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Seminários do IMPA

Métodos Matemáticos em Finanças

Título |
Incomplete markets |

Expositor |
Teemu Pennanen
King's College London |

Data |
Quinta-feira, 5 de abril de 2018, 17:30 |

Local |
Sala 232 |

Resumo |

This is the second of a set of 4 lectures so as to give an introduction to asset-liability management, accounting and indifference pricing in terms of basic optimization theory. Our aim is to give a unified treatment of the above concepts and to study their relations and basic properties with minimal mathematical sophistication. Mathematical techniques are introduced only when they become necessary for the development of the theory. Working with discrete-time models allows us to avoid many of the technicalities associated with continuous time models. This leaves room for practical considerations that are sometimes neglected in more mathematiWorking with discrete-time models allows us to avoid many of the technicalities associated with continuous time models. This leaves room for practical considerations that are sometimes neglected in more mathematical texts. In particular, we extend the classical theory of mathematical finance by allowing for nonlinear illiquidity effects and portfolio constraints.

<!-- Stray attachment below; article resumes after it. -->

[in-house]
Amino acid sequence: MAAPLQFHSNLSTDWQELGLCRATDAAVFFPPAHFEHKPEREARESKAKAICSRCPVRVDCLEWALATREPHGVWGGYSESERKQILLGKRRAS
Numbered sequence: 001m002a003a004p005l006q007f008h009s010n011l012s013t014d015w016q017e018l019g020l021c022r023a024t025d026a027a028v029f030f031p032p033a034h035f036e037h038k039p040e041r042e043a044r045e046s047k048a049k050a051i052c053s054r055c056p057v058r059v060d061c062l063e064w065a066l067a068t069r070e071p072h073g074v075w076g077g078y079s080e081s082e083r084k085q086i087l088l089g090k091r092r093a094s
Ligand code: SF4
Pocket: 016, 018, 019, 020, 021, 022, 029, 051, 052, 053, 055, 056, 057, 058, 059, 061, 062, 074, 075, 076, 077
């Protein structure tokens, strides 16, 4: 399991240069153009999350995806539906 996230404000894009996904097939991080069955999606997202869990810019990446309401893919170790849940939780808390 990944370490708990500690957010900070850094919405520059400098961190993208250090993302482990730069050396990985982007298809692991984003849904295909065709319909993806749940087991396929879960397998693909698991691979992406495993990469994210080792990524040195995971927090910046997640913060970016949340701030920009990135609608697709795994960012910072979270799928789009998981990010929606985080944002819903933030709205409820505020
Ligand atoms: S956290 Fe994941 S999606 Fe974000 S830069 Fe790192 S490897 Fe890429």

Such features are significant in practice but they invalidate much of the classical theory. We deviate from the classical theory also in that we do not insist on the existence of a perfectly liquid numeraire asset. This means that one can no longer postpone payments by shorting the numeraire so the payment schedule of a financial contract becomes an important issue. This is essential in practice where much of trading consists of exchanging sequences of cash-flows. Examples include loans as well as various swap and insurance contracts where both claims and premiums involve payments at several points in time.cal texts. In particular, we extend the classical theory of mathematical finance by allowing for nonlinear illiquidity effects and portfolio constraints.

Such features are significant in practice but they invalidate much of the classical theory. We deviate from the classical theory also in that we do not insist on the existence of a perfectly liquid numeraire asset. This means that one can no longer postpone payments by shorting the numeraire so the payment schedule of a financial contract becomes an important issue. This is essential in practice where much of trading consists of exchanging sequences of cash-flows. Examples include loans as well as various swap and insurance contracts where both claims and premiums involve payments at several points in time.